OCR for page 55
The Development of Science-Based Guidelines for Laboratory Animal Care: Proceedings of the November 2003 International Workshop meeting of the American Association of Laboratory Animal Sciences. Researchers in Buddhist countries regard animals as existing on the same level as humans and generally treat animals based on the philosophy of Karma. Buddha rewards or punishes people based on their deeds (Karma). The logic of reincarnation is called samsara, the endless round of rebirth and redeath based on the impersonal judge of the Natural World, on which the destiny of humans depends. Researchers in historically Christian countries, by comparison, appear to handle laboratory animals from the standpoint of the Lord of Creation. Researchers in Western countries give the impression of conducting animal experiments based on phylogenic domination of the animal. Therefore, they often cite the expression “humane care and responsible use.” PERSPECTIVE OF ANIMAL EXPERIMENTS IN JAPAN In Japan, we seek to combine Buddhist and Christian assumptions and to reach a point where humans should take responsibility for laboratory animals so that they can accomplish good Karma while using the animals for scientific purposes. If animals are suffering from infectious diseases, for example, they will not be able to provide reliable experimental data as their good Karma. Thus, microbiological control of the animal environment should be the responsibility as well as good Karma for people engaged in animal experimentation. Investigators in Japan may achieve the 3Rs principle in practice without any strict regulations because of the fear of samsara. However, the need to collaborate with Western colleagues requires compromise with the Western system. For this reason, we have been discussing appropriate strategies. There is current disagreement over whether we should aim toward more stringent regulations, similar to European countries, or continue the current self-regulation system as in the United States and Canada. To ensure a convincing self-regulation system, we will need to clarify the responsibility of persons who engage in animal experiments, define the role of the IACUC, and implement animal welfare practices compatible with scientific needs, as shown in Figure 3. As mentioned above, none of these elements are strictly stipulated by the law but are regulated by administrative guidance and voluntary guidelines to encourage flexible animal research. It is now time for us to consider a certain mechanism to defend animal research as well as a validation system for self-regulation to reach a social consensus on the necessity of animal experimentation.
OCR for page 56
The Development of Science-Based Guidelines for Laboratory Animal Care: Proceedings of the November 2003 International Workshop FIGURE 3 Reinforcement of the self-regulation system within animal research facilities in Japan. REFERENCES CLACU [Committee for Laboratory Animal Care and Use, Japanese Association for Laboratory Animal Science]. 2003. The number of live animals used in experiments in 2001 [text in Japanese, summary in English]. Exp Anim 52:143-158. Investigative Committee [Investigative Committee on the Law for the Humane Treatment and Management of Animals]. 2001. Explanatory Handbook on the Law [text in Japanese]. Tokyo: Seirin Shoin. Investigative Committee [Investigative Committee on the Standards Relating to the Care and Management of Experimental Animals]. 1980. Explanatory Handbook on the Standards [in Japanese]. Tokyo: Gyousei. JALAS [Japanese Association for Laboratory Animal Science]. 1987. Guidelines on Animal Experimentation [in Japanese]. Exp Anim 36:285-288. Ministry of Education [Ministry of Education, Science and Culture, Science and International Affairs Bureau]. 1987. Notification on Animal Experimentation in Universities [in Japanese]. Nomura, T. 1995. Laboratory animal care policies and regulations in Japan. ILAR J 37:60-61. Science Council of Japan. 1981. Recommendation for the establishment of animal experiment guideline [in Japanese]. Exp Anim 30:173-178.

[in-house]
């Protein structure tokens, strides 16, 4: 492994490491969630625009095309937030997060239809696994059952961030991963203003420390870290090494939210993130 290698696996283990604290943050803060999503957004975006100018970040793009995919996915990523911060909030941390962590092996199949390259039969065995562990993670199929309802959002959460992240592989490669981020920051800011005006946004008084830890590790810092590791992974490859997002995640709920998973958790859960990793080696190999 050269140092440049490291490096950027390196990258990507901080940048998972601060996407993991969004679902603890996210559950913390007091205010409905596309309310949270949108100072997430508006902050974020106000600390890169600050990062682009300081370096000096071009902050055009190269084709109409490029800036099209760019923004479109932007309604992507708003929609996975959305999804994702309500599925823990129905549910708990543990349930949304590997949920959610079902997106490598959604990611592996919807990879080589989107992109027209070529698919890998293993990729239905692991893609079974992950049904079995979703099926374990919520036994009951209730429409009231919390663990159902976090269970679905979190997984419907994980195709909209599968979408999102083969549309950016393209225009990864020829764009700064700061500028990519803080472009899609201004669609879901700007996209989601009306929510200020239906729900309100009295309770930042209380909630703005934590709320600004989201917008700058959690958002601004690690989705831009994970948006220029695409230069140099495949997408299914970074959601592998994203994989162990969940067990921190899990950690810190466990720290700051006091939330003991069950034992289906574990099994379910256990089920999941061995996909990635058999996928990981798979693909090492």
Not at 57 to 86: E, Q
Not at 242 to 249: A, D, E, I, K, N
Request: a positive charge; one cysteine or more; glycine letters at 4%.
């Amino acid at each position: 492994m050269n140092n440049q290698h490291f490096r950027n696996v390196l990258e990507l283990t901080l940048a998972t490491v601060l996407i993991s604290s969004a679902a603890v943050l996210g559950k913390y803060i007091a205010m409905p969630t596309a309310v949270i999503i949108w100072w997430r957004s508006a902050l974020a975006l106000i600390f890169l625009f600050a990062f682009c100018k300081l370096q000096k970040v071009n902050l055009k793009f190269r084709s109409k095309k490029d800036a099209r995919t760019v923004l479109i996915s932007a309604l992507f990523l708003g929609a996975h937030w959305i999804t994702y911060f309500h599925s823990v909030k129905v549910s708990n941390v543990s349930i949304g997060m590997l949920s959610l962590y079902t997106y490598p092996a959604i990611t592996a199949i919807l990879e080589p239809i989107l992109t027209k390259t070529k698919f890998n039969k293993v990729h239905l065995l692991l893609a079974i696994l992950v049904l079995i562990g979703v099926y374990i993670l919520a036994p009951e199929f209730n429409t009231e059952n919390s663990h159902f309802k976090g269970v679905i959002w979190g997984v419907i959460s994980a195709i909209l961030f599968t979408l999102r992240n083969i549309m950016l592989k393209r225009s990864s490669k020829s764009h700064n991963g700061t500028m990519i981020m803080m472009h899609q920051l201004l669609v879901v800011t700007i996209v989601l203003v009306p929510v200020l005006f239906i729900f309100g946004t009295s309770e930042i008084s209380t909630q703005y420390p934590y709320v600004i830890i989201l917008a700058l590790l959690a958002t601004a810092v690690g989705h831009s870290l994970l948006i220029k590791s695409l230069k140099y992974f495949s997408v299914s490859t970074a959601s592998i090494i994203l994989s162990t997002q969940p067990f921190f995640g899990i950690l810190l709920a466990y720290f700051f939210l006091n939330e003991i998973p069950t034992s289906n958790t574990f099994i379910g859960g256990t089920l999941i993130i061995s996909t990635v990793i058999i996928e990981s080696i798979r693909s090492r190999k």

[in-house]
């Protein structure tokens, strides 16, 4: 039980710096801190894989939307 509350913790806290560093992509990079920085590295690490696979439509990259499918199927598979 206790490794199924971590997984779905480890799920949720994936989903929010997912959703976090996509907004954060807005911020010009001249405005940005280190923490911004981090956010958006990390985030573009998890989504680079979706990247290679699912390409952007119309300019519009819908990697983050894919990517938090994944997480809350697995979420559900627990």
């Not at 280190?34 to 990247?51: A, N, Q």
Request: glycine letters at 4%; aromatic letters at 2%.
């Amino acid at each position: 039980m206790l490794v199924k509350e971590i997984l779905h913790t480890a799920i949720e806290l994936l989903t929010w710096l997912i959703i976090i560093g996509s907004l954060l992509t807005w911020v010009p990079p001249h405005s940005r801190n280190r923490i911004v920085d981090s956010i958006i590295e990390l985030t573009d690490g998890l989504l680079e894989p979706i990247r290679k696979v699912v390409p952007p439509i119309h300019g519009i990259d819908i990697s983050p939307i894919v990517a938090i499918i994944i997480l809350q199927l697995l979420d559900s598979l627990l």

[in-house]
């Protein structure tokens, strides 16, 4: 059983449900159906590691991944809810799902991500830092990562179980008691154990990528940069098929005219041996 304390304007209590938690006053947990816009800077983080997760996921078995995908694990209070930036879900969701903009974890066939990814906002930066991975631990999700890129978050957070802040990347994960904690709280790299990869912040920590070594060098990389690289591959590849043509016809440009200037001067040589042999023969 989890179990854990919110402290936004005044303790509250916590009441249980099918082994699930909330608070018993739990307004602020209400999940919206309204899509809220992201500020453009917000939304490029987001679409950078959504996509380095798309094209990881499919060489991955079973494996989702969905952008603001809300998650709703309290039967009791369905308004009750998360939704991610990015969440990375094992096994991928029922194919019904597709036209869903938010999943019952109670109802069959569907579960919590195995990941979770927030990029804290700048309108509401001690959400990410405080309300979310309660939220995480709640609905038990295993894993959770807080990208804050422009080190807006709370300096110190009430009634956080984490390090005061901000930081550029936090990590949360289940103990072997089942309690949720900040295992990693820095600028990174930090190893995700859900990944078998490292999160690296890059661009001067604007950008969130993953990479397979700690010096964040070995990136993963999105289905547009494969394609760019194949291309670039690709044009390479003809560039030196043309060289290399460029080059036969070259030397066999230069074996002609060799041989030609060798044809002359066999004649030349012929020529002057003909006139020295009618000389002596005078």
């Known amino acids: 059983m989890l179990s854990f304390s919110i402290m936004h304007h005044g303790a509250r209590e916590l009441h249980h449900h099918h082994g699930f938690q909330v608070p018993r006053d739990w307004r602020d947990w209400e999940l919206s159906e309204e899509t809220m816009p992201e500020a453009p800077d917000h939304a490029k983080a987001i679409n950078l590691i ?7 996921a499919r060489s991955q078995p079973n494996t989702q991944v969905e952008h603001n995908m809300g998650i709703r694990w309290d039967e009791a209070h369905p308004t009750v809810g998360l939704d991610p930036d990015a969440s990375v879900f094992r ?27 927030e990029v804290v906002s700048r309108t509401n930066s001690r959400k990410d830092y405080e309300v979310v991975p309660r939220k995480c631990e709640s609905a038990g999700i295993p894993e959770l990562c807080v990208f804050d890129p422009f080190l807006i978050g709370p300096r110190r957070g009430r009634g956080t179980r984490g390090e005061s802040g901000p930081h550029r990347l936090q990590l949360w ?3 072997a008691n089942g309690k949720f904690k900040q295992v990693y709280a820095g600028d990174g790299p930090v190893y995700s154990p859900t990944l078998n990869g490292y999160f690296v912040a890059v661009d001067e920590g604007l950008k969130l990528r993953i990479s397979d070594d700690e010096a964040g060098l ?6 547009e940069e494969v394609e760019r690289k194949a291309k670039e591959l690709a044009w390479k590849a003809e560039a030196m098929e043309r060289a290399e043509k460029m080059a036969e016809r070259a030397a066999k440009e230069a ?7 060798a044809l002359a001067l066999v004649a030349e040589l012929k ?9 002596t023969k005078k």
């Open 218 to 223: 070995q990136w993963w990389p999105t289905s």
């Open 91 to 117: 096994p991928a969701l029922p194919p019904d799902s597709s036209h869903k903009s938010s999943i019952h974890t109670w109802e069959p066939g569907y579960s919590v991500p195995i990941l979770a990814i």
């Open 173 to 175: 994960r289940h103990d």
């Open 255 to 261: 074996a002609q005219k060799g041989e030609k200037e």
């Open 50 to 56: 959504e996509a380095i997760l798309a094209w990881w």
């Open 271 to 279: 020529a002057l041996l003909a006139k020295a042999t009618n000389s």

OCR for page 57
The Development of Science-Based Guidelines for Laboratory Animal Care: Proceedings of the November 2003 International Workshop Process for Change—Development and Implementation of Standards for Animal Care and Use in Canada Clément Gauthier The Canadian Council on Animal Care (CCAC) is the national organization that has set and overseen the implementation of standards for the care and use of animals in science since 1968. It is a peer review organization involving close to 2000 scientists, veterinarians, animal care technicians, students, community representatives, and representatives of the animal welfare movement through its programs of assessment, guidelines development, education, and training. The CCAC pioneered the institutional animal care committee (ACC) as the local keystone of its decentralized ethical review and oversight system. For a detailed description, consult the following documents of the CCAC in the order indicated: The Assessment Program of the CCAC, 2000; Terms of Reference for Animal Care Committees, 2000; CCAC Guidelines on Animal Use Protocol Review, 1997; and Categories of Invasiveness in Animal Experiments, 1991. All of these documents are available on the CCAC web site [http://www.ccac.ca]. ACCs are now part of most legislated and voluntary frameworks for the regulation/oversight of animals used for scientific purposes worldwide. Although compliance with CCAC standards is voluntary for government and industry, it is mandated through federal spending power for academic institutions. Over the past decade, provincial and federal governments have increasingly recognized the CCAC as a quasi-regulatory system. CCAC standards are now referenced in the regulations to provincial laws relating to the use of animals for scientific purposes (CCAC